It’s almost an axiom: Everyone should go to college or trade school. Your earning potential is dramatically higher, to the tune of a million dollars more over your lifetime than if you don’t have a degree, especially in the United States.
It’s a given. You must have some form of post-secondary education. Your opportunities grow, and you can enjoy a higher standard of living and enrichment. That’s it, that’s the deal, and we can all agree.
But then what happens when you hear your nephew, who has always struggled with school but is great with his hands decides not to go to college and try to start a business from home?
Well, yes, that’s a great decision for him; he got into so much trouble in school and could not put in the focus and attention to study, but he’s really bright and motivated when he’s dedicated to an idea…so it makes sense.
Or the guy you know in your church. He tried but just didn’t feel comfortable at college and has a great opportunity on the ground floor of this new manufacturing company in town and he’s great with people. Well, no, he’s fine not going to college. But just a minute ago, it was a given that everyone should go to college.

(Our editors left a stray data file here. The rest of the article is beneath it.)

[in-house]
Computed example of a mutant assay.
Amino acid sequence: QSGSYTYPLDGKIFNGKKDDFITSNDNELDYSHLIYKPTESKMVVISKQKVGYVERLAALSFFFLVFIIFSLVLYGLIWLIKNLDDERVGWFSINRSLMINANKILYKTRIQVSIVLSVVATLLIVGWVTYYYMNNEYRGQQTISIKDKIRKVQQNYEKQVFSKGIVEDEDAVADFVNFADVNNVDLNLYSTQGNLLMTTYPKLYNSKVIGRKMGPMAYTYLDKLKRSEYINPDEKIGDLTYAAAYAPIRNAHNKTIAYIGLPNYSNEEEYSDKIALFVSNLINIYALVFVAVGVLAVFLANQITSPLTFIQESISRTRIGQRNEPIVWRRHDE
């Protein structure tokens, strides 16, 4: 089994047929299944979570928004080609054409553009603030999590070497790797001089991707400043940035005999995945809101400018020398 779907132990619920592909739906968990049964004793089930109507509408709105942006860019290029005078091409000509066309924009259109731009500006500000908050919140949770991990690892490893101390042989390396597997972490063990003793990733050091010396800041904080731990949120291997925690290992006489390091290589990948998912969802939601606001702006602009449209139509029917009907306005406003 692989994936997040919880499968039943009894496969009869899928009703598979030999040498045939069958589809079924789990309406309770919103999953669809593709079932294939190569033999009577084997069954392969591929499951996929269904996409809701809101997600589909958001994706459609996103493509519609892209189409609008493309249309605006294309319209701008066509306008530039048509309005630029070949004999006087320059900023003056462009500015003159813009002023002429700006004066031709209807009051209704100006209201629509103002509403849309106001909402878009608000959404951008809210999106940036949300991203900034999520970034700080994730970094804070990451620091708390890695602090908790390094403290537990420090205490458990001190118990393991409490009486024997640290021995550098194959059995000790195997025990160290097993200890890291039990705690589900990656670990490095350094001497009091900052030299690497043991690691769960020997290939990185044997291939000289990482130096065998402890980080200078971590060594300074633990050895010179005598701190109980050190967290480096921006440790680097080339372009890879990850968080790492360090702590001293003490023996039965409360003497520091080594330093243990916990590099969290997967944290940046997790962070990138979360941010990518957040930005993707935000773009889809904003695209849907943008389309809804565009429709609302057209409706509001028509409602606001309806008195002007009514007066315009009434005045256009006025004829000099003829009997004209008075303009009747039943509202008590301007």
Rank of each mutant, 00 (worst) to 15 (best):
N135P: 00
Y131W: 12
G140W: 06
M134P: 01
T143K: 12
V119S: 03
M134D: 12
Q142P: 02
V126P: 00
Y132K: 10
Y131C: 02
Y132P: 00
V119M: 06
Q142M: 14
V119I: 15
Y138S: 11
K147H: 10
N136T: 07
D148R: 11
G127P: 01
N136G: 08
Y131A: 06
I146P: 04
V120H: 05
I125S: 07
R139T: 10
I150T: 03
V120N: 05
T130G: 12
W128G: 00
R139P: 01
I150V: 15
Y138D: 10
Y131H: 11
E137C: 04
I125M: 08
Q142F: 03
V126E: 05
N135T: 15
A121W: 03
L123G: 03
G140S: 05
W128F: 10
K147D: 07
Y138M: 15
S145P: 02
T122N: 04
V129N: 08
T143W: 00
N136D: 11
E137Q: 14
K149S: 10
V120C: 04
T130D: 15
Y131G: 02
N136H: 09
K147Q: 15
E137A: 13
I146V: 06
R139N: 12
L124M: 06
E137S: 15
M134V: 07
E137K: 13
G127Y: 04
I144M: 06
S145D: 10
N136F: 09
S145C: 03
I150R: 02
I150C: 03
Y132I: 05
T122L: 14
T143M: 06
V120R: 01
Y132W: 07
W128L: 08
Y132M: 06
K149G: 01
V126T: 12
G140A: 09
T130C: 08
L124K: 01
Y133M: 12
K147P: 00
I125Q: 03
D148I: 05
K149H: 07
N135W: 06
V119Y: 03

So which is it?
It’s not a matter of right and wrong or even wishy-washy personalities. It’s that there are convoluted relationships between ideas and information, and they can clash monumentally.
Debt is another great example. We know we should not live in debt, and we’re fully aware of the consequences of it, but when your daughter has an amazing opportunity to go on a college study abroad program that could open up all kinds of opportunities for her future, what do you do? You know it’s detrimental to go into debt, but you don’t want to limit your child’s opportunities.
This plurality, interestingly, can be measured, studied, and analyzed in market research. We study the plurality of thought of our clients and their customers and citizens. The goals are to identify these pluralities — what do they look like, what are the conflicts — and then to pull them to the forefront.
Then the real key is to measure the strengths of each side of the plurality. Which way is someone more likely to go when he or she is forced to make a decision? Research is about understanding perceptions and behaviors and then changing actions.
When you understand these conflicts, you can better understand your market. Then you can look for ways to align your offerings within the conflicts that exist. When you do so, you are in the perfect position to fulfill the need of the moment.